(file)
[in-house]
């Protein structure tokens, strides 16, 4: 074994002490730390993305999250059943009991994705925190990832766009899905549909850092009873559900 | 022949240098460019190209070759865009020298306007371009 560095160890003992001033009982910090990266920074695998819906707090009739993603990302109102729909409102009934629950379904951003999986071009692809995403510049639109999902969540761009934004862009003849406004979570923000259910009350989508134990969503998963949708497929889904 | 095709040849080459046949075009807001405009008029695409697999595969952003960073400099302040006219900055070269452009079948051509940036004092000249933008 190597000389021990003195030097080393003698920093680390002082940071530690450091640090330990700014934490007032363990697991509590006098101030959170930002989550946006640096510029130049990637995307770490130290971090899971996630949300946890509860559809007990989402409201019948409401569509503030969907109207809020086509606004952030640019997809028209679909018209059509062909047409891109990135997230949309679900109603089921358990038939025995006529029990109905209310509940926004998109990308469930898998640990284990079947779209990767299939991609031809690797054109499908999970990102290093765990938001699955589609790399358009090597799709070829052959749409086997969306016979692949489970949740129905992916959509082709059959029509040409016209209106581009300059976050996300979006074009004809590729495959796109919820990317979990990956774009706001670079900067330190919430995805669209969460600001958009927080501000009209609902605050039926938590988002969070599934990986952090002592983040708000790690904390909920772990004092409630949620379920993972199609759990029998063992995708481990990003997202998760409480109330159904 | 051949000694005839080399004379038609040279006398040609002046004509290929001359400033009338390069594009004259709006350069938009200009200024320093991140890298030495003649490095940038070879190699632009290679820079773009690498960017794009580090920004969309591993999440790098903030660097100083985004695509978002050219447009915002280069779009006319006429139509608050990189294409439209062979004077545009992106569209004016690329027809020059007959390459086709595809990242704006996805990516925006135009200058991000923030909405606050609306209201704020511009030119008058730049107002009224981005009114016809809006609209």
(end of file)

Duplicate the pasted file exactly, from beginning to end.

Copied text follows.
[in-house]
């Protein structure tokens, strides 16, 4: 074994002490730390993305999250059943009991994705925190990832766009899905549909850092009873559900 | 022949240098460019190209070759865009020298306007371009 560095160890003992001033009982910090990266920074695998819906707090009739993603990302109102729909409102009934629950379904951003999986071009692809995403510049639109999902969540761009934004862009003849406004979570923000259910009350989508134990969503998963949708497929889904 | 095709040849080459046949075009807001405009008029695409697999595969952003960073400099302040006219900055070269452009079948051509940036004092000249933008 190597000389021990003195030097080393003698920093680390002082940071530690450091640090330990700014934490007032363990697991509590006098101030959170930002989550946006640096510029130049990637995307770490130290971090899971996630949300946890509860559809007990989402409201019948409401569509503030969907109207809020086509606004952030640019997809028209679909018209059509062909047409891109990135997230949309679900109603089921358990038939025995006529029990109905209310509940926004998109990308469930898998640990284990079947779209990767299939991609031809690797054109499908999970990102290093765990938001699955589609790399358009090597799709070829052959749409086997969306016979692949489970949740129905992916959509082709059959029509040409016209209106581009300059976050996300979006074009004809590729495959796109919820990317979990990956774009706001670079900067330190919430995805669209969460600001958009927080501000009209609902605050039926938590988002969070599934990986952090002592983040708000790690904390909920772990004092409630949620379920993972199609759990029998063992995708481990990003997202998760409480109330159904 | 051949000694005839080399004379038609040279006398040609002046004509290929001359400033009338390069594009004259709006350069938009200009200024320093991140890298030495003649490095940038070879190699632009290679820079773009690498960017794009580090920004969309591993999440790098903030660097100083985004695509978002050219447009915002280069779009006319006429139509608050990189294409439209062979004077545009992106569209004016690329027809020059007959390459086709595809990242704006996805990516925006135009200058991000923030909405606050609306209201704020511009030119008058730049107002009224981005009114016809809006609209």